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‘Not Fair Nor Safe’: Ex-WNBA Player Says Transgender Athletes Have No Place in Women’s Sports

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Val Whiting


Val Whiting, a retired WNBA player, strongly criticized the increasing trend of transgender athletes participating in women’s sports.



This came after Dawn Staley, the head coach of South Carolina Gamecocks, expressed her support for the idea before a national championship game.

National champion


Whiting, a two-time national champion from Stanford, used social media to express her disagreement with Staley, emphasizing the concerns about fairness and safety when a male transitioning to female competes in women’s sports.

Don’t belong


“A lot of my basketball sisters feel differently but trans women do not belong in women’s sports,” Whiting wrote on X.

Not fair


“It’s not fair nor safe for biological women. There has to be another solution for trans women to be able to compete athletically besides having them compete against biological women.”



Before the WNBA gained popularity, Val Whiting played in the American Basketball League and Women’s National Basketball League. Following this, she joined the Detroit Shock and the Minnesota Lynx, coinciding with the time when Dawn Staley was also active in the league.

Women’s sports


Whiting’s firm stance on women’s sports being exclusively for women was highlighted as the National Association of Intercollegiate Athletics (NAIA) recently approved a measure to prevent males identifying as females from participating in women’s sports.

Transgender athlete ban


The National Association of Intercollegiate Athletics (NAIA) implemented a policy to prevent transgender females from participating in women’s sports. The NAIA Council of Presidents unanimously approved this significant measure with a 20-0 vote.



This updated regulation now applies to all competitions, replacing the previous rule that solely pertained to postseason events, as reported by CBS Sports.



“We know there are a lot of different opinions out there,” NAIA President Jim Carr told CBS Sports. “For us, we believed our first responsibility was to create fairness and competition in the NAIA.”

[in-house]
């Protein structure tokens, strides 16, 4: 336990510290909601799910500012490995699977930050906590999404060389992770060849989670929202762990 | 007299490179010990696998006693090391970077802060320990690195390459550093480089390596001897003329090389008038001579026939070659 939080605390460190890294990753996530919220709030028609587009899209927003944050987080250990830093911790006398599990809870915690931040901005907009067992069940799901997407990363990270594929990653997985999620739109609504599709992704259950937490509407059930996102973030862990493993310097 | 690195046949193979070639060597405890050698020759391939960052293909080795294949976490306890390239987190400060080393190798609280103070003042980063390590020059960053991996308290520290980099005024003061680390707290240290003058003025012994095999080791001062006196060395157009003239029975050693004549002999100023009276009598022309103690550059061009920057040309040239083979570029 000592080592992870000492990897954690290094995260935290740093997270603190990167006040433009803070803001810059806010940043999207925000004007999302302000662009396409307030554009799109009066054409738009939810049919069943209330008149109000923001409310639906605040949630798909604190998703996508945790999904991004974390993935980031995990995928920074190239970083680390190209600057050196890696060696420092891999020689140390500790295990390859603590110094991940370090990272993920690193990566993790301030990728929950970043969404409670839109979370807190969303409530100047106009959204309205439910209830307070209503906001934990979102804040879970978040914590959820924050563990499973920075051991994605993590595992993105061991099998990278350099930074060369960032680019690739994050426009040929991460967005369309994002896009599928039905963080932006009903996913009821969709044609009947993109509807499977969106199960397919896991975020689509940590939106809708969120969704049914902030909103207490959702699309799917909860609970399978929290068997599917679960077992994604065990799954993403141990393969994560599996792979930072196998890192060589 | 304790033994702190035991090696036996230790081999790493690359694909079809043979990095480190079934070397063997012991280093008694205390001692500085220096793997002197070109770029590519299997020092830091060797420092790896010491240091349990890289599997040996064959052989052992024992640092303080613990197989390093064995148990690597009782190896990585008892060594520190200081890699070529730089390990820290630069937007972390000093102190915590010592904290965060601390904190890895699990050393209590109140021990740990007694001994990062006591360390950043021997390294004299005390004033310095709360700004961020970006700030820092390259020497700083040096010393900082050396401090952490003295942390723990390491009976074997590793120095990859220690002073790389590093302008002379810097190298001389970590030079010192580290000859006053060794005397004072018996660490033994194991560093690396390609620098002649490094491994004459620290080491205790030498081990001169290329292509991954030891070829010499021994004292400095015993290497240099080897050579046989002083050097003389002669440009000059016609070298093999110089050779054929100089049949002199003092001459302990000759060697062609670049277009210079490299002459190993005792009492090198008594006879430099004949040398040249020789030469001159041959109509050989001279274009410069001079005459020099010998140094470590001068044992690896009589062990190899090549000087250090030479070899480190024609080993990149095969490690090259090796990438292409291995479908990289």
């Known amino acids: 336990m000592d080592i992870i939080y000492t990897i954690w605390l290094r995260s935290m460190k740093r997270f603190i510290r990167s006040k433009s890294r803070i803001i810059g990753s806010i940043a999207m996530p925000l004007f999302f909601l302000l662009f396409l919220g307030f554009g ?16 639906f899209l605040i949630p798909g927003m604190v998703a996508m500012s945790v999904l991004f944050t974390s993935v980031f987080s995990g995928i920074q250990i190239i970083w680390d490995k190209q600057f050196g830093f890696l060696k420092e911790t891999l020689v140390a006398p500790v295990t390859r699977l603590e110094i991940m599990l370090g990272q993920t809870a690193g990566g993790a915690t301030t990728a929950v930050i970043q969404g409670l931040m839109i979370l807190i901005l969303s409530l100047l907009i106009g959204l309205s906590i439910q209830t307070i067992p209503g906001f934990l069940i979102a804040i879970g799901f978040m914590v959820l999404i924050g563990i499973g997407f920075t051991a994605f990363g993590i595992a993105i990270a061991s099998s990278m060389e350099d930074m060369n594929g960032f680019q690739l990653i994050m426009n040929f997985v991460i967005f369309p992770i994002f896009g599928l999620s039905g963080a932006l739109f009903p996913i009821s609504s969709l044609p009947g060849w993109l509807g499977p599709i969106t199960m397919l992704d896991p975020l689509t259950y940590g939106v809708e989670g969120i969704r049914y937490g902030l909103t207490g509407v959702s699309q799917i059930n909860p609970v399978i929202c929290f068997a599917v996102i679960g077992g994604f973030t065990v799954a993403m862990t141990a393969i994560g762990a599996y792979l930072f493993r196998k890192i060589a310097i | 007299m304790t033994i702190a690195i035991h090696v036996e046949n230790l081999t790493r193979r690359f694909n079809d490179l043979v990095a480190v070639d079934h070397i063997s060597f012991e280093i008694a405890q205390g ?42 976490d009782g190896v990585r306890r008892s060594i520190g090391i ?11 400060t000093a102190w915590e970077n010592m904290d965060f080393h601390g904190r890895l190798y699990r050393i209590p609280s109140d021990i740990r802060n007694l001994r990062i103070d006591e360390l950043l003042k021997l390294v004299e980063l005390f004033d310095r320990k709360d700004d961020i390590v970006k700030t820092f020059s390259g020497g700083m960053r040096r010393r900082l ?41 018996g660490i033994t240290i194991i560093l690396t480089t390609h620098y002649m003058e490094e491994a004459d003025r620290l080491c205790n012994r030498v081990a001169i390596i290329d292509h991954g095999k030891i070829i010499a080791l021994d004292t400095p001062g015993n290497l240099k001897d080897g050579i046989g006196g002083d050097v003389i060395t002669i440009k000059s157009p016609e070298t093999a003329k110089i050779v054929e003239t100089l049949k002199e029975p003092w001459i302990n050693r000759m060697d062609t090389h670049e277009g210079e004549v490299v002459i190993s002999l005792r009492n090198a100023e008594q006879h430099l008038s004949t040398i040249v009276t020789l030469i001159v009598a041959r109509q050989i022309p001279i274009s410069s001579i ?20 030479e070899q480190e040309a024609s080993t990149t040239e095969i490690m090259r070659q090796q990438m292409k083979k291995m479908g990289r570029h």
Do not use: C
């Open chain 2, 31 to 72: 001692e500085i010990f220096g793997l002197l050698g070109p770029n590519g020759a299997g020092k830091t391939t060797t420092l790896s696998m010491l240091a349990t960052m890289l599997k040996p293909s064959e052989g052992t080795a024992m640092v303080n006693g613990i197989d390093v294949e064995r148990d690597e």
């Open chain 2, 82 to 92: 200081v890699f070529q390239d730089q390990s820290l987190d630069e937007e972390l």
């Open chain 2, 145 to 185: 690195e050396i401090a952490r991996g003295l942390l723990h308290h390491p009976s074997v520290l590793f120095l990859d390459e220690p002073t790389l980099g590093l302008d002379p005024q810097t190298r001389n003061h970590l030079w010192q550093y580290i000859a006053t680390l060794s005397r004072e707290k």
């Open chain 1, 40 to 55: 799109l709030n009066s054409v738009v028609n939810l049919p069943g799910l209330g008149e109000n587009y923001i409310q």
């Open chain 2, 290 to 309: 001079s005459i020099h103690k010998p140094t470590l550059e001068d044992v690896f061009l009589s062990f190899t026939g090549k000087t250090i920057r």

Title IX


“We also think it aligns with the reasons Title IX was created. You’re allowed to have separate but equal opportunities for women to compete.”

Gender category


All athletes under the jurisdiction of the NAIA are required to compete in the gender category corresponding to their birth assignment.

Transgender athletes


Carr emphasized that transgender athletes are still permitted to engage in sports activities.

Male sports


“It’s important to know that the male sports are open to anyone,” Carr explained.

Exhibition matches


Furthermore, the regulation allows for transgender athletes to take part in exhibition matches and non-NAIA sanctioned events.

NCAA’s approach


This policy stands in sharp contrast to the NCAA’s approach, where the eligibility criteria for transgender athletes are determined by the governing bodies of each sport.

College sports


“College sports are the premier stage for women’s sports in America, and the NCAA will continue to promote Title IX, make unprecedented investments in women’s sports, and ensure fair competition for all student-athletes in all NCAA championships,” the NCAA said in a statement.

Riley Gaines


Riley Gaines and a coalition of former female athletes have filed a lawsuit against the NCAA, alleging a violation of their Title IX rights.

Changing facilities


They claim that the organization compelled them to compete against and share changing facilities with a transgender athlete.

Two years


“The task force spent nearly two years reviewing research, meeting with experts to better understand potential policy challenges, and obtaining feedback from multiple membership groups,” said Amy Novak, the chair of the Council of Presidents and President of St. Ambrose University.



“With this policy, the NAIA has made its best effort to allow for the inclusion of transgender athletes in any way that does not impact the competitive fairness of women’s sports.”



“Our priority is to protect the integrity of women’s athletics and allow them equal opportunity to succeed.”



Before the vote, a survey was conducted where 58 out of the 67 university presidents and chancellors who participated indicated their backing for the proposed rule modification.

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